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What is a street intervention?

Muni's picture

There is something defiant about Isaiah Zagar’s mosaics. Cities are built for efficiency, functionality, but not necessarily beauty. Yet, around South Street, a glimmer of light in the gap between two buildings could mean a mosaic of mirrors and color. Zagar’s art is a street intervention, playfully ignoring Philadelphia’s figurative and literal grids to bring subversiveness and spontaneity to its streets. 

Zagar’s mosaics are inherently spontaneous. He doesn’t always plan ahead where his next mosaic will be, what it will look like, or where he will get his materials. Many of his mosaics spill across alleyways and onto the back walls of houses, creeping along fence lines as if they’re no longer in the artist’s control. The mosaics fill cracks in alleys with seemingly random words and images. Looking at a map of Zagar’s mosaics is not like looking at a map of a typical art gallery. The mosaics make no distinctive pattern and many do not even appear on the map. In the magic gardens, the route you take is not restricted to a path. Zagar’s art defies the city’s nearly symmetrical grid pattern in its meandering nature. The art is there “to disrupt the everyday actions in the city” by giving people a chance to think for themselves about what it could mean (Flanagan 14).

Although it may sound oxymoronic, Zagar’s mosaics are also intentional. They are deliberate acts of subversiveness. The artist uses the repetition of words and images in the magic gardens to make them relatable and meaningful to the observer.  And because of the repeating patterns, colors, words, and images, it seems as though Zagar is pointing out certain things to his audience, pushing us to think about the words and images and why he is showing them to us. I read on the walls in the magic gardens, “Philadelphia is the center of the art world.” I would usually think of the center of the art world as a museum somewhere in Europe full of historical paintings, but Zagar’s quote undermined that notion, which had been pushed on me by what other people consider important. Philadelphia is the center of Zagar’s art world. From my perspective, Zagar was encouraging his audience to consider the way society sees art. I agree with Flanagan that there is a “particular potency in subversive acts through participatory play” (Flanagan 173). Zagar’s work is made to be shared with the neighborhood. By being intentional about putting his art in public places, Zagar allows the public to play and participate in his art and be influenced by his questions about society.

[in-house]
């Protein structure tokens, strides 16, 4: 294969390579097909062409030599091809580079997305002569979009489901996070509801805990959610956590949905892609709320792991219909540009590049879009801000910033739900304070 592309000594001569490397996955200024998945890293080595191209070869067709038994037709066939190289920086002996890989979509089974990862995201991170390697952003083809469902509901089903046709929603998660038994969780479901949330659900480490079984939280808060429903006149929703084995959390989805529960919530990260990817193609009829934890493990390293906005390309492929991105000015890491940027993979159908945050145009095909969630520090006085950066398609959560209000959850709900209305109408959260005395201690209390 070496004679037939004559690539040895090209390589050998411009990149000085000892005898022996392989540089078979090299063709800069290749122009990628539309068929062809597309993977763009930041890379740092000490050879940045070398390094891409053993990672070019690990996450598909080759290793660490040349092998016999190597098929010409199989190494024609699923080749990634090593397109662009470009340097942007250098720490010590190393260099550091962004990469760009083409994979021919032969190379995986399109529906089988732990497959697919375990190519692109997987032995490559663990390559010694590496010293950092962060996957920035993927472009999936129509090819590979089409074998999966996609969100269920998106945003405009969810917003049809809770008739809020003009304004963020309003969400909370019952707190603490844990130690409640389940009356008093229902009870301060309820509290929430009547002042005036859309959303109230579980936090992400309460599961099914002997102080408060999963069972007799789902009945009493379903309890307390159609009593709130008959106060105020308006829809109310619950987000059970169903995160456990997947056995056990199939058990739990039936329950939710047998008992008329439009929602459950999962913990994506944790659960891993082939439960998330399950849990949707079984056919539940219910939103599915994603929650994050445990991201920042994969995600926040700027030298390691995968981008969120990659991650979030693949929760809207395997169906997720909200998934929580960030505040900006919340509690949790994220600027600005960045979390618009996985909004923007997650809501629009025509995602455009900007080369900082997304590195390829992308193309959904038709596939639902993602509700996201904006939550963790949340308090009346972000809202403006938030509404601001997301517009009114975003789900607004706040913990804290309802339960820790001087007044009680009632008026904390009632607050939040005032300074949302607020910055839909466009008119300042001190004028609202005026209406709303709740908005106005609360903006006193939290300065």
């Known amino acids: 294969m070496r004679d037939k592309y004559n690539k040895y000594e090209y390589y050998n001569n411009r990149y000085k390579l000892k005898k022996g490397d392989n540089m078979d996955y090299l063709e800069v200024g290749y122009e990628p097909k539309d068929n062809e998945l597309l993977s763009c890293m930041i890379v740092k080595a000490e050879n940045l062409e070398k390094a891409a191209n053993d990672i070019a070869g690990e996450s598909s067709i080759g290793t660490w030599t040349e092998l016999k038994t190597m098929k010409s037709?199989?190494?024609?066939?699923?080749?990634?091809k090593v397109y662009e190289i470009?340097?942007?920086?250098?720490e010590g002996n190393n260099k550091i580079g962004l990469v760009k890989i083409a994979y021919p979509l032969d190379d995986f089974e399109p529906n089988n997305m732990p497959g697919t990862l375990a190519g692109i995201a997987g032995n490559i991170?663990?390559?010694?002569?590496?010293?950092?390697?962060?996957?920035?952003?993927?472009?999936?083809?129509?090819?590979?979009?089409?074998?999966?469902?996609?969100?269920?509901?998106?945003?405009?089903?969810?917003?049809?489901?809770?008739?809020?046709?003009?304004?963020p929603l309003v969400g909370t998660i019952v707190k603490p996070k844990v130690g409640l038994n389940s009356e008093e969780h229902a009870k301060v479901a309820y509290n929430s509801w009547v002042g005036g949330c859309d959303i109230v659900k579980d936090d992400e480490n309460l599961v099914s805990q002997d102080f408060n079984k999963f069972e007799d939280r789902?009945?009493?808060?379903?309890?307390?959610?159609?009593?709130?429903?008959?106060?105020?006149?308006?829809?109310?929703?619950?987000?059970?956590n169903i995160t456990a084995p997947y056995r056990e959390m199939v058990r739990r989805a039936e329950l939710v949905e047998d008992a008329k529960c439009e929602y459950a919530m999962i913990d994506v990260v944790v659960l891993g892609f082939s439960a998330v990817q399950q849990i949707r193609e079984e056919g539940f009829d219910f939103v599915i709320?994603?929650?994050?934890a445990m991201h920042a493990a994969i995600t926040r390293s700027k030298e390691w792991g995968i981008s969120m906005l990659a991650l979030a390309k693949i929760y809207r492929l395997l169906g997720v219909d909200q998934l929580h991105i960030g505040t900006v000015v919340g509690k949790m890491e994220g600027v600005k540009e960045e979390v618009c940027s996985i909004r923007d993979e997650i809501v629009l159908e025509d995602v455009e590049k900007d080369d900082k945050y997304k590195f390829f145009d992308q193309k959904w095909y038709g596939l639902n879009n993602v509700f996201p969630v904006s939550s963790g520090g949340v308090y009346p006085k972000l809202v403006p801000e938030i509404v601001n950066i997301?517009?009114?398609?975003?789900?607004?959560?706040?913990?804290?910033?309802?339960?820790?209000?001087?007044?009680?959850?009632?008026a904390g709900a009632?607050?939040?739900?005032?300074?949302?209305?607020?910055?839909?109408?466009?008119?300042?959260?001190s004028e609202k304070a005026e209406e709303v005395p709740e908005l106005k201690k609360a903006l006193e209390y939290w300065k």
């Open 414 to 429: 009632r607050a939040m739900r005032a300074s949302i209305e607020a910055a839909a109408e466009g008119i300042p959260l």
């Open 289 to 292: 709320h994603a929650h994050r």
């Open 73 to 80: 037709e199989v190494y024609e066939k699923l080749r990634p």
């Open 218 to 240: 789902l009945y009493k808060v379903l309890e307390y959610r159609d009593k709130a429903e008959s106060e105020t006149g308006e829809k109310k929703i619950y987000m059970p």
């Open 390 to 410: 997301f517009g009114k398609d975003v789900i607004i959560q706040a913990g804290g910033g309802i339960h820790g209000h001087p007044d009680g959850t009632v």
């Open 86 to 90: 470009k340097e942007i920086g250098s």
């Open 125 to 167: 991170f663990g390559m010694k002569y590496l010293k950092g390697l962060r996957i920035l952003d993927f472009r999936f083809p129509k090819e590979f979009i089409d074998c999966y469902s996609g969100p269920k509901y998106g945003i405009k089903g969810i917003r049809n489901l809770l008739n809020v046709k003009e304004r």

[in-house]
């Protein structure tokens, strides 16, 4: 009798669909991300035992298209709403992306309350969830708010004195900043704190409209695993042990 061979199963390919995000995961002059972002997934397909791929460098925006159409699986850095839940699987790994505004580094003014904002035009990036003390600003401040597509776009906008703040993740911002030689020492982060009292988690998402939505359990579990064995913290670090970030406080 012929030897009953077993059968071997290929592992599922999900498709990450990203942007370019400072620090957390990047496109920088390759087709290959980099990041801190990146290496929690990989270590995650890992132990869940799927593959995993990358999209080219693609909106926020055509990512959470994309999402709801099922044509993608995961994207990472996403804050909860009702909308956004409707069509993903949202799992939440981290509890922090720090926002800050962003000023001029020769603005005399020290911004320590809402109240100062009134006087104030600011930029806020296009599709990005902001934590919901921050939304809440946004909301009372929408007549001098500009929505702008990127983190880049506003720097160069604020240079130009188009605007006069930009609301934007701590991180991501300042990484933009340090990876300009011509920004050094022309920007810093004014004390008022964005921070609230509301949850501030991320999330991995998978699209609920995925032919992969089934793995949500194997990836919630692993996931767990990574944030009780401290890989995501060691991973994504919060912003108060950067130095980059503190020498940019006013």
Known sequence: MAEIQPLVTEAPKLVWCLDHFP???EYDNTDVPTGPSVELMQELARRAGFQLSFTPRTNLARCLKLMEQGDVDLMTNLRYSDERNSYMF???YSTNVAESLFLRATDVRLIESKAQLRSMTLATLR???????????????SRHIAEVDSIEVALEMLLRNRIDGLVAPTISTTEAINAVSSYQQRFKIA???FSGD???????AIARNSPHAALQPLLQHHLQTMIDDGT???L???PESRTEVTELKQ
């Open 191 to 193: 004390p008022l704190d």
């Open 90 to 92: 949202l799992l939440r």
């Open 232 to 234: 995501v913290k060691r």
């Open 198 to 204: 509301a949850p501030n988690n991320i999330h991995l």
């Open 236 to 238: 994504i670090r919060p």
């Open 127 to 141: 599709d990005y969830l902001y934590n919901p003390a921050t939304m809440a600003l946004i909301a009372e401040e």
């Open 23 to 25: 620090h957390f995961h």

My experience in the Magic Gardens was that it was an almost separate world from the street, a street intervention. It was colorful and full of light that had been filtered through green glass bottles, but the mirrors reflected back buildings on either side, cars driving down the street, and the sidewalk. I experienced Zagar’s art as a subversive act, prompting me to rethink preconceived notions, but also as art that allowed me to interpret it for myself. Other people might not have seen those questions that I thought Isaiah Zagar was asking about society; perhaps Zagar himself didn’t intend to ask them.

Part of what makes a street intervention a street intervention is that it gives its viewers freedom to decide what they want to make of it, but also intervenes in their thinking, and gives them the chance to consider what the artist is trying to ask through the art. Because street interventions are  subversive and expressions of ideas, I consider them to be artful as well.

Like Dove Bradshaw and her fire hose, Isaiah Zagar has claimed South Street as his art. He has disrupted it from the grid of the rest of the city using fragments of tile, trash, and mirrors, and he shares it with the people who allow themselves to become a part of the mosaic. 


Claire Romaine's picture

Muni is drawing attention to

Muni is drawing attention to the contrast between what a city is expected to be and what Zagar is able to turn it into.  She works to describe not just the mosaic itself but the physical impressions that one receives upon noticing a piece.  In doing so, she urges the reader to take part in this moment of realization and shares her own delight in discovery.  Simultaneously, she makes the reader work to understand the meaning behind the contrast of the mosaic and the larger city.

Mindy Lu's picture

In the first paragraph, the

In the first paragraph, the writer emphasised that Zagar's mosaics are a kind of beauty which is unique in the city. When I read this paragraph, I am curious about how different the mosaics are from other stuctures around them. I think of my trip in the magic garden and want to find out the difference between my experience and the writer's. And the writer was playing with the uniqueness and beauty of the mosaics and enjoy herself.

Muni's picture


Whoops, forgot my bibliography!

Flanagan, Mary. "Introduction to Critical Play." Introduction. Critical Play: Radical Game Design. Cambridge, MA: MIT, 2009. N. pag. Print.